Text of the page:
"Ultimately, Jason Kenney's approach is to cross your fingers, close your eyes and hope that kids don't get that sick, and hope that kids don't transfer it to others," said NDP Leader Rachel Notley in a comment guaranteed to increase the anxiety of parents. "That is not a plan; it is a gamble. He is rolling the dice with the health and safety of Alberta children."
Is the province gambling?
If it is a gamble, it seems to be a gamble that provincial governments across the country are taking.
Nova Scotia, for example, doesn't have a cap on class sizes. It is making mask use mandatory in school buses, hallways and common areas, but not in classrooms.
The Ontario government wants to get classes back to as near-normal as possible but is facing pushback from some school boards that want a 15-student limit in classes.
The Yukon plans to reopen classes as normal in mid-August but says if the risk of COVID-19 rises, classes might be limited to 50 per cent or less.
When British Columbia opened classes briefly in June, schools limited the size of classes in kindergarten to Grade 5 by allowing only half of students in on alternating days. It's not clear what B.C. will do in the fall.
Provinces are cobbling together plans on the fly as the number of COVID-19 cases rise and fall and rise again.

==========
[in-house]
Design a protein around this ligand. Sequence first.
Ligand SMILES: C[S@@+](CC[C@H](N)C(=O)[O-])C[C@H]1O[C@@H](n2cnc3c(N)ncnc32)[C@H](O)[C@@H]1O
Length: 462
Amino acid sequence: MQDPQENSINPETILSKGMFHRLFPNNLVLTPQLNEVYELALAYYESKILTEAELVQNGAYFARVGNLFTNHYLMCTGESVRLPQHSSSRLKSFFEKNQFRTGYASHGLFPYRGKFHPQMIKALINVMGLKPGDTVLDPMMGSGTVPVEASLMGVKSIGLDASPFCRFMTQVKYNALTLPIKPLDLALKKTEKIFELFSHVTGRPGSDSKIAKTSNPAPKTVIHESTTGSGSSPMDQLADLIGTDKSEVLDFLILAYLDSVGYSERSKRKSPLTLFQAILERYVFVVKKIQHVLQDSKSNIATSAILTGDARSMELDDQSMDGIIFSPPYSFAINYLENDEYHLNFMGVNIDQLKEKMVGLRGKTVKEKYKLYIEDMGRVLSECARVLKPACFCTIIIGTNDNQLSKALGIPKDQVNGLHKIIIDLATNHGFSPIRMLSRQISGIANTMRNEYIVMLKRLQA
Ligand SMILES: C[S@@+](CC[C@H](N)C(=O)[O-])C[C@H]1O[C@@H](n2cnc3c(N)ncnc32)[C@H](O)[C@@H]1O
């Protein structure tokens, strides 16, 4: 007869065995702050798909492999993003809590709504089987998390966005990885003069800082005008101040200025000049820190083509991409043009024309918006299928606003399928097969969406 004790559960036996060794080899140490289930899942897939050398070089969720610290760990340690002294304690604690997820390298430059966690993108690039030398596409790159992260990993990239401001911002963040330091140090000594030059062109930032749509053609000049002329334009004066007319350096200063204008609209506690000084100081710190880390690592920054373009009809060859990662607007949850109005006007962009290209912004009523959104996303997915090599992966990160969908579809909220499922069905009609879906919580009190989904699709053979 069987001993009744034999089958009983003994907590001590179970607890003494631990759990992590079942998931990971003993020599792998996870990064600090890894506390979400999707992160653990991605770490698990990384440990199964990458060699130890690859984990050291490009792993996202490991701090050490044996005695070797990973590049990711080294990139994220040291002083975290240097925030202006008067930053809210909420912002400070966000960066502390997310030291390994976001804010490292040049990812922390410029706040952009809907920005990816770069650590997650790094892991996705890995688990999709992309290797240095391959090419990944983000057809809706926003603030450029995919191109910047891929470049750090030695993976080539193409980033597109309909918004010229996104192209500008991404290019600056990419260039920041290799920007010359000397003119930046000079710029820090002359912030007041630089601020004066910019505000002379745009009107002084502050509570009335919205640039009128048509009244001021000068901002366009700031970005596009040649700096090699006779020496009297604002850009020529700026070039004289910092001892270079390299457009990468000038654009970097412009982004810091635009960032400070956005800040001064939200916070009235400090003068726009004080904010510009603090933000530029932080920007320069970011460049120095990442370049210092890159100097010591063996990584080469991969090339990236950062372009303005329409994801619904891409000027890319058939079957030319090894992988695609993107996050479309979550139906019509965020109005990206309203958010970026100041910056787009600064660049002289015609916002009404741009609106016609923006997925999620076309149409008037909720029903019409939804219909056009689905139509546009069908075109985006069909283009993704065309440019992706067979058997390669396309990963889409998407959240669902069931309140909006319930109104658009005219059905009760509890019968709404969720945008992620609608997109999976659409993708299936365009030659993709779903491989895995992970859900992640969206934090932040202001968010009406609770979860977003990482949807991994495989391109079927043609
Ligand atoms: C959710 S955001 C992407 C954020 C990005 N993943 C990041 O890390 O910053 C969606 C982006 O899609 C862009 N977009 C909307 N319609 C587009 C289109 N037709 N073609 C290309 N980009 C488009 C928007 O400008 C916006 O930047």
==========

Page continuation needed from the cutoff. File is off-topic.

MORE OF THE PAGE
What can we learn from other countries that have reopened schools or never closed them?
The answer isn't clear.
"Outbreaks in schools are inevitable," said Otto Helve, a pediatric infectious disease specialist at the Finnish Institute for Health and Welfare, who spoke to the American Association for the Advancement of Science. "But there is good news."
The good news is the benefits of attending schools seem to outweigh the risks — as long as the infection rates in the school's community are low, and health officials deal with outbreaks quickly.
In Canada, governments are assuring parents their children will be safe while teachers and opposition politicians are urging governments to do more, spend more, and plan more to ensure that safety.
Of course, the best laid plans of governments could yet go astray.
It all depends on COVID-19.
"We are all tired of COVID but this virus doesn't care," Alberta's chief medical officer of health, Dr. Deena Hinshaw, said on Thursday, as she delivered a diplomatic lecture to Albertans who are ignoring public health guidelines and driving up the number of cases and hospitalizations.
"This needs to be a wake-up call," said Hinshaw. "I am very concerned by these numbers."
If the numbers continue to rise dramatically enough, Alberta will not only have to rethink its plans to reopen schools but also its plans to reopen the economy.
Returning to "our regular everyday lives" is easier said than done.
- An earlier version of this story said Saskatchewan would not cap class sizes and that it was making mask use mandatory in school buses, hallways and common areas, but not in classrooms. The province undertaking those measures is Nova Scotia.Jul 28, 2020 5:18 PM MT